Boston Bruins: The Wheels are Turning!

David AllanCorrespondent IDecember 1, 2008

The day the wheels came off was Monday, Monday April 21st to be exact.

Memories of a winless season against their most hated rivals were erased by Marco Strum with 2:37 left in the third.

Strum capped a four goal third period explosion by a team that so many said couldn’t score. It was the second time in two games that the B’s had dropped a five spot on “Wonder Kid” Carey Price.

Then came April 21st, a night when the up-start Bruins simply could do nothing right. A 5-0 beating left The Hub feeling very cold after so much renewed excitement had been generated by the black and gold.

After an off-season that saw them spurned by Marian Hossa, as he claimed he went to Detroit for a chance to win a Stanley cup, fans weren’t sure what to make of the Bruins lineup.

To be fair, we’d seen glimpses of brilliance out of some of the young talent, but nothing to predict an offensive explosion. Chara and Savard were the only two known commodities.

Timmy Thomas had a cult following, but even after an All-Star selection nobody seemed sure of what to make of the awkward styled journeyman from Flint Michigan. Michael Ryder was well…a half priced alternative to the Hossa we wanted.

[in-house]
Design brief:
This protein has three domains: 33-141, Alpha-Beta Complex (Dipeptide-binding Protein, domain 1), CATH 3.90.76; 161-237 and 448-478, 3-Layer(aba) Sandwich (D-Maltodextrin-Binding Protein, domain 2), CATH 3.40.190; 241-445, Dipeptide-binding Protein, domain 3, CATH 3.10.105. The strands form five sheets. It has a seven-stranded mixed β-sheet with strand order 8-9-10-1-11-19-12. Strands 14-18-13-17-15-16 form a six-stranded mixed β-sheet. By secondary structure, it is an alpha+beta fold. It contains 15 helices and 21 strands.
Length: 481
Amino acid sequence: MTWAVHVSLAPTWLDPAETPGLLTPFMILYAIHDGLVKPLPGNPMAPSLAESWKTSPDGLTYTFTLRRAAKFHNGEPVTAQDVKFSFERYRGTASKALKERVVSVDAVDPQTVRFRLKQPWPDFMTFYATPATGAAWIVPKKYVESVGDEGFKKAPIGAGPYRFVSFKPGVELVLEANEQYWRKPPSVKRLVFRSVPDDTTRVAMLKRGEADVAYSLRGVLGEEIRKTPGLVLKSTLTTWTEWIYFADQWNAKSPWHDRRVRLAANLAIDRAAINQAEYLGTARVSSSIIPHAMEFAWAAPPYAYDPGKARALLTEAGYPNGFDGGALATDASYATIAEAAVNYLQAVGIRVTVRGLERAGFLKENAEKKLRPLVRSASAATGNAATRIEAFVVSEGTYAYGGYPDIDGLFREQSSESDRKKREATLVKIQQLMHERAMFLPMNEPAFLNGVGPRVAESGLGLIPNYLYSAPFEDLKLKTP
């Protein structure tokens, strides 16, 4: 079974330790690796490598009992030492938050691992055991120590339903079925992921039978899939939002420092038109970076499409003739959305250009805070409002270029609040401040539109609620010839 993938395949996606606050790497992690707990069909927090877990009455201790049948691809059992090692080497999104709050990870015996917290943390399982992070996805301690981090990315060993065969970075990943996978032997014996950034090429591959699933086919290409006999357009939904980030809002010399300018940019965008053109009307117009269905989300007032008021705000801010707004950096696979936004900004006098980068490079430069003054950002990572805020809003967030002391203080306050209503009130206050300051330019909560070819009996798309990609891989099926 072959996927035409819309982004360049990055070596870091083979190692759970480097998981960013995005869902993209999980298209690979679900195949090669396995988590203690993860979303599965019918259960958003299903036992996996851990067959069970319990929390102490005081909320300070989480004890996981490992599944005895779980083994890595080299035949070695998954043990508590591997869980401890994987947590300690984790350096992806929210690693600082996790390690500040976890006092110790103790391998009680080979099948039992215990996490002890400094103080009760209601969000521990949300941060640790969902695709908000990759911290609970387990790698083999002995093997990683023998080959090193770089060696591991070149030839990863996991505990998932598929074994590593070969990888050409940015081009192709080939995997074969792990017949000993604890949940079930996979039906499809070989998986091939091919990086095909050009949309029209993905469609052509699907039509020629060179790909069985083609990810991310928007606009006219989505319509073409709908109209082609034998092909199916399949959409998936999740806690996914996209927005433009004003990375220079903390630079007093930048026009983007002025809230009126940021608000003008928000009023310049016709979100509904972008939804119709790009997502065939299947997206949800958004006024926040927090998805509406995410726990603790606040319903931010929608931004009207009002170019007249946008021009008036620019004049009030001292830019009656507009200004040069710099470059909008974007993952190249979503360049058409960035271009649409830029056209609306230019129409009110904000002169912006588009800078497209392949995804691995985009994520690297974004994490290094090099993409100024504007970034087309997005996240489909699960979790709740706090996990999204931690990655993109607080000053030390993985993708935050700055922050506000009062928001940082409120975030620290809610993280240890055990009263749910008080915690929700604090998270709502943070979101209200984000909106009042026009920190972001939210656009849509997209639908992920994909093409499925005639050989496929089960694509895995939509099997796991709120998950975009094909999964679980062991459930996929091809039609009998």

But the off-season move that to me has so far made the biggest impact is the signing of a kid from the University of Minnesota. All of a sudden with Lucic, Savard, Kessel, and Wheeler, Krecji, Ryder, we had two of the more dynamic lines in the NHL.

Suddenly your checking line was Kobasew, Bergeron, and Axelsson. You were looking at a Bruins team that could score from top to bottom without Marco Sturm (whose 27 goals a year ago was Gretzky-like considering the stretches of offensive ineptness in the 2007-2008 season).

The Wheeler signing allowed the Bruins to put a physical presence on both their first and second lines. It also gave developing playmaker, David Krecji, someone to play with. As the year has gone on, you’ve seen a Janney and Neely-like chemistry starting to develop between these two.

Then you take a former 30-goal scorer in Ryder and take the pressure of playing on the first line, and he looks rejuvenated out from under the expectations. Quite simply, without Wheeler, you are clearly looking at a less dynamic and smaller player on the wing of that second line, and a less dangerous Bruins squad from top to bottom.

You don’t always have to add a Hossa or a Gaborik to improve your team's scoring; sometimes it’s as simple as adding a Golden Gopher or two to stimulate the offense. All of a sudden the wheels were back on, and the bandwagon was rolling.